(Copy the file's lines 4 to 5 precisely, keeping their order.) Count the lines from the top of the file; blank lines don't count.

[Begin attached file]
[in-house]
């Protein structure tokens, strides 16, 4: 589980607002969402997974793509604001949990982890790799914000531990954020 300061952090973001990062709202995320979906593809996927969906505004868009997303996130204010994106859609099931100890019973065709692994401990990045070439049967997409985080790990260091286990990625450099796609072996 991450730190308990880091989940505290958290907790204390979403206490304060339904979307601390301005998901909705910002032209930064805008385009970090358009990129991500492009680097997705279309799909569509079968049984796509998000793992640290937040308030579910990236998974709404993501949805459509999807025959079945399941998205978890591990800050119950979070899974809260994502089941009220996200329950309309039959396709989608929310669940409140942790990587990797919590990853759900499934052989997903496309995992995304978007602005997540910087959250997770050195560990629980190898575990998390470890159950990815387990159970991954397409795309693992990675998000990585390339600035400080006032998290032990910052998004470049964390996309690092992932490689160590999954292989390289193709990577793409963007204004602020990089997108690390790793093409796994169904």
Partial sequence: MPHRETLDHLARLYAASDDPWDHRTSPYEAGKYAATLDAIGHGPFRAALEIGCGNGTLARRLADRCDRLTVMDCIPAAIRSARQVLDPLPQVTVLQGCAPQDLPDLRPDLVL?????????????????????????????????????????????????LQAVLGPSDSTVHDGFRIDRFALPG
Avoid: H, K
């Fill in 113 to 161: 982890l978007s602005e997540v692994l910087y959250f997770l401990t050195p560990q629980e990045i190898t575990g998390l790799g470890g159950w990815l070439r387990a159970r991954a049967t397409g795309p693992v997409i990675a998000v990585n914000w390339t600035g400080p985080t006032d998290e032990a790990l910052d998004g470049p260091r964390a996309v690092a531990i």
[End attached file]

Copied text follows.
Avoid: H, K
């Fill in 113 to 161: 982890l978007s602005e997540v692994l910087y959250f997770l401990t050195p560990q629980e990045i190898t575990g998390l790799g470890g159950w990815l070439r387990a159970r991954a049967t397409g795309p693992v997409i990675a998000v990585n914000w390339t600035g400080p985080t006032d998290e032990a790990l910052d998004g470049p260091r964390a996309v690092a531990i």